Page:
Roku has begun licensing its A/V media streaming set-top-box hardware and software technology to third-party device makers. Netgear, Roku’s first licensee, will soon offer a Netgear-branded version of the recently size- and cost-reduced Roku XD box through Best Buy, Fry’s, and Radio Shack stores.
Roku’s Internet media player box was introduced in May 2008, initially positioned as a dedicated “Netflix player” TV companion appliance. However, within about six months, the company announced plans to expand the player beyond the initial Netflix-specific focus.
Roku’s new cost- and size-reduced “XD” player design
(click each image to enlarge)
Roku’s first non-Netflix content addition was Amazon’s video-on-demand service, in March of 2009. The company next added Medifly’s free service, said to offer access to “tens of thousands” of audio and video podcasts from NBC, CNN, ESPN, Comedy Central, and other sources. Many other audio, video, and photo-sharing sources followed.
A few of the Roku player’s content sources
(click each image to enlarge)
Currently, Roku claims its Internet media player platform gives users access to free, subscription-based, and pay-per-view content from over 85 channels offered by 50 unique content sources. The company says this amounts to more than 100,000 movies and TV shows from Netflix, Amazon Video On Demand, and Hulu Plus; live and on-demand sports from MLB.TV and UFC; music from Pandora, MP3tunes, MOG, and TuneIn Radio; photo and video sharing from Flickr, Picasa, Vimeo, and Facebook; plus various other news and entertainment sources worldwide.
From the functional perspective, Roku says the new “XD” player design provides up to 1080p video output over HDMI, plus component video out, optical audio out, and a USB port (included features depend on model). Additionally, an upgraded WiFi circuit offers extended-range, dual-band “type N” wireless capabilities. The USB port lets users play music, photos, and up to 1080p video, controlled using a new “USB player channel.”
The XD version also features a new “Instant Replay” capability. Using a dedicated button (the * key?) on the remote, users can skip back in 10 second increments — without a rebuffering delay (see photo at right; click to enlarge).
What’s in the box?
Although Roku has not divulged hardware details, the hardware design likely is built around a MIPS CPU-based SoC (system-on-chip processor), such as the NXP PNX8935 chip used in its original model. In addition to the MIPS CPU, the NXP SoC integrates a graphics display controller that supports HD video standards such as MPEG-4 AVC (h.264) and VC-1, as well as a dedicated audio processor and multi-standard video decoder. Although the new XD version of Roku’s box may now employ a different SoC, the general approach has enabled Roku to offer a highly cost-effective, low-power, and compact product.
Another key ingredient of Roku’s media player platform is its embedded software stack, which currently appears to be based on a 2.6.24 Linux kernel. Other open-source software components used in Roku’s products, of which there appear to be quite a few, are listed on this page of the company’s website. As with the SoC-based hardware strategy, Roku’s use of open-source software appears to have contributed to its success in bringing out a cost-competitive product.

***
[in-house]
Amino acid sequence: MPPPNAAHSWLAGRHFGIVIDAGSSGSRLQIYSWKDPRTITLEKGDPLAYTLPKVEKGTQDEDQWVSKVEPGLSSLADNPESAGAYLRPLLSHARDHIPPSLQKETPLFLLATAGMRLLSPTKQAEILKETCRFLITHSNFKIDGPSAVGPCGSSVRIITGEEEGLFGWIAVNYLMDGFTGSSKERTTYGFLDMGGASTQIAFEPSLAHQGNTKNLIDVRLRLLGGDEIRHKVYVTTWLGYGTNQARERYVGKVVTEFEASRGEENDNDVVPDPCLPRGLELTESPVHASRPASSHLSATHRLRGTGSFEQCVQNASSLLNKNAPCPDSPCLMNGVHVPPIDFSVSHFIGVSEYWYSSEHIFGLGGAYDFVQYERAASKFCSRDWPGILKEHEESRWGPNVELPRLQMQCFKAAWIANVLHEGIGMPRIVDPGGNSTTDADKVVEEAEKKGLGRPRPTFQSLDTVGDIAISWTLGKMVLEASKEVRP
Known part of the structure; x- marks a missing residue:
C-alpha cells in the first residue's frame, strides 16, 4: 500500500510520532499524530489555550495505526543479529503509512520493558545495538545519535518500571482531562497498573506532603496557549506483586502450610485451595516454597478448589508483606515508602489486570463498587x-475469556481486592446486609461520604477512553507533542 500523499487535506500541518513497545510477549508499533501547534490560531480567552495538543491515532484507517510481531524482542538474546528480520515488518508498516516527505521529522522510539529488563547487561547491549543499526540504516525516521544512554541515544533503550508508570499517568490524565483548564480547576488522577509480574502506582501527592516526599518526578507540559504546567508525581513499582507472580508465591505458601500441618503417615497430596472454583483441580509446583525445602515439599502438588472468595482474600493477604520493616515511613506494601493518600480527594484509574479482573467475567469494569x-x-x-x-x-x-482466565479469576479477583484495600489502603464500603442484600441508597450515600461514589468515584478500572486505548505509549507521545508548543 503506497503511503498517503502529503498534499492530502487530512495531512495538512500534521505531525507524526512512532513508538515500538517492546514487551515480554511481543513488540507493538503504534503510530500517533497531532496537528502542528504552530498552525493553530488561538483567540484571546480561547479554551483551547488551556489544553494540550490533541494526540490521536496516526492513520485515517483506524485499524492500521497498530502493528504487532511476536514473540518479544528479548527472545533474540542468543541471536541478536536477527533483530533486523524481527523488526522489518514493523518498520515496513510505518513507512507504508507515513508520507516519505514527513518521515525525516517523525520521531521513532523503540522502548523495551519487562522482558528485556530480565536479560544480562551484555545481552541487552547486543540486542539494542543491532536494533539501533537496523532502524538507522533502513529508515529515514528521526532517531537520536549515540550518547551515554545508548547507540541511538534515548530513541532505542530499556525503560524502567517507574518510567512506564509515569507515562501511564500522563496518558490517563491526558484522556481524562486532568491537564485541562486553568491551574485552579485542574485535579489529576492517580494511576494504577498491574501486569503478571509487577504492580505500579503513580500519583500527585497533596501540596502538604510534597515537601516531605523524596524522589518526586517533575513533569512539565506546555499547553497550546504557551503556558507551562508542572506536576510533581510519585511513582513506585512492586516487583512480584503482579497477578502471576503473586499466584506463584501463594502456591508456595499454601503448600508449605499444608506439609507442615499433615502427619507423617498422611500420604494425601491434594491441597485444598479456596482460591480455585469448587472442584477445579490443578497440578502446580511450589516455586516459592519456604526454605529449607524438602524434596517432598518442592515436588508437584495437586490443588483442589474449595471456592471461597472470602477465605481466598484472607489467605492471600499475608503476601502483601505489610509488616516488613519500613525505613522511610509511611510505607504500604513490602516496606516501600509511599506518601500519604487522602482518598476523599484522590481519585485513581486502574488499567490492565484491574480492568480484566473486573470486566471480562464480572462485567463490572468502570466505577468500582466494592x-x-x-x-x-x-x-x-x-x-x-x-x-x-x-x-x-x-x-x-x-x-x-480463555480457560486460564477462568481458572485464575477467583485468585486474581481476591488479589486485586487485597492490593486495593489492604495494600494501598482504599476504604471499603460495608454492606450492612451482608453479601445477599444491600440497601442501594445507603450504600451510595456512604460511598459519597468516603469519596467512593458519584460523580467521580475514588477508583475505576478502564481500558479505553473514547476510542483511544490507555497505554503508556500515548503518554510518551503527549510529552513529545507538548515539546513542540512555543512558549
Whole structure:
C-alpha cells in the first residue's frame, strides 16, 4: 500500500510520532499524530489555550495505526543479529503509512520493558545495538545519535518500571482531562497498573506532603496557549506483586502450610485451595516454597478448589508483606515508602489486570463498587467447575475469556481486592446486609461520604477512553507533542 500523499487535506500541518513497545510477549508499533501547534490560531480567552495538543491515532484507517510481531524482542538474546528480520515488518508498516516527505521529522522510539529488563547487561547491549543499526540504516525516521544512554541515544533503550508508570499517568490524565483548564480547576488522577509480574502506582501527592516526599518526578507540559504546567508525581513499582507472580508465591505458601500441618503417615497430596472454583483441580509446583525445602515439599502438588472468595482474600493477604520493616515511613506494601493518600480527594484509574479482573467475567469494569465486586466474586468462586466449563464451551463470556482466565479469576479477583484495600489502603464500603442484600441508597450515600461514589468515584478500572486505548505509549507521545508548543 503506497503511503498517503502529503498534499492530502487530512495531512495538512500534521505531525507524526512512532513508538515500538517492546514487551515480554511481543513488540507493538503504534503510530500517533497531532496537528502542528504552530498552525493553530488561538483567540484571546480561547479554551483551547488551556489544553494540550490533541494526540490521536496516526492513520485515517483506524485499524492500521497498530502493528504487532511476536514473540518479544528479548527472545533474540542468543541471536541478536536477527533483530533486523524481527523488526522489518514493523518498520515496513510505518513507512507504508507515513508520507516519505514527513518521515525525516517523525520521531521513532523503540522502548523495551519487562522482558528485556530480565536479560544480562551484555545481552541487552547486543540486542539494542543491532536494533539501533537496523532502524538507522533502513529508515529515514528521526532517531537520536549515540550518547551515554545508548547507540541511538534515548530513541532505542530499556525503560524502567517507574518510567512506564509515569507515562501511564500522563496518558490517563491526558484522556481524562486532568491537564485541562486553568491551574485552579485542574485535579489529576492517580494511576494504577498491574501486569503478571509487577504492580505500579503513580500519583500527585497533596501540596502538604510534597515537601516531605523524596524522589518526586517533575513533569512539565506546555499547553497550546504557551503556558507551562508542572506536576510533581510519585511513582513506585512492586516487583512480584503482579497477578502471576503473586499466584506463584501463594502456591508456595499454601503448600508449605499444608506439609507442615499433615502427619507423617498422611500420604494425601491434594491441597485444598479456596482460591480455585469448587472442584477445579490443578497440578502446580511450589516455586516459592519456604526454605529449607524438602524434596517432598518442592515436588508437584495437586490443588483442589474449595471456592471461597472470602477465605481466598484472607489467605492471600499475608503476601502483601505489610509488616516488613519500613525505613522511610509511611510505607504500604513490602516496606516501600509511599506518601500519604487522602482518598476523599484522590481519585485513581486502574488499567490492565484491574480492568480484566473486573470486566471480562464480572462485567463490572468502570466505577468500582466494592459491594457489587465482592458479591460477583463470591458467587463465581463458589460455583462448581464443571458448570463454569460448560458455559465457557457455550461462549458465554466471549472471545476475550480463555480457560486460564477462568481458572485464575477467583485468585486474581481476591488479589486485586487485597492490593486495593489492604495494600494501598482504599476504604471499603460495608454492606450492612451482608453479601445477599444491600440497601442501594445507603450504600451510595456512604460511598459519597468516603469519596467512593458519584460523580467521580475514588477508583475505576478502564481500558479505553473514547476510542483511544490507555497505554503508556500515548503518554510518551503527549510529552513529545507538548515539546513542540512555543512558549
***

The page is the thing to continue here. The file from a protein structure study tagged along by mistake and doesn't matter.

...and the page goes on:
One challenge the company faced in its initial development of a Linux-based platform for streaming Netflix’s video, was satisfying the movie industry’s stringent DRM (digital rights management) requirements. While Netflix dealt with the DRM issue on Macs and Windows PCs through the use of Microsoft’s Silverlight plug-in, that approach was useless on consumer devices or PCs running Linux due to lack of Silverlight support for Linux.
Roku solved the DRM problem by collaborating closely with Netflix on a DRM-compliant Linux driver for its box. However, not being an open-source development, the driver never flowed outward for use on other Linux systems and devices, most likely due to being dependent on DRM-related hardware aspects of the NXP SoC.
Reacting to Google TV?
In announcing the new platform licensing strategy, Roku did not elaborate on the nature of the “hardware and software platform” license for its player platform. However, Brian Jaquet, Roku’s corporate communications director, explained to DeviceGuru that Ruku is offering a range of options to its licensees. On the simplest level, the existing Roku box can be made available in a manner that enables the licensee “to slap their brand on it and sell it in their channels, like Netgear,” he said.
Jaquet confirmed that licensees wanting to create differentiated products based on the Roku player platform would be permitted to tweak the hardware and/or software portions of the design, thereby producing products that could potentially compete against Roku’s own boxes. Alternatively, the platform’s software can be licensed independently, “meaning someone can take our user interface and all the hooks and integrate it into their device,” he added.
It’s also interesting to consider the timing of Roku’s October 27 licensing announcement, relative to Google’s October rollout of its Google TV platform. Google’s month began with the disclosure on October 6 of Google TV details. This was followed by a public demonstration of Logitech’s Google TV player on October 7, and the unveiling of Sony’s Google TV-enabled HDTVs on October 24.
Without this new licensing strategy, was Roku’s media player box doomed to death by Google TV?
Announcement timing musings aside, though, the Roku player’s cost, size, power consumption, and sheer simplicity of installation and operation clearly place it in a different league from Logitech’s $300 Google TV player. Priced as low as $60, Roku’s tiny entertainment-rich Internet media player is practically irresistible.
Death by Google TV? We think not!
For further information on Roku and its products, visit the company’s website.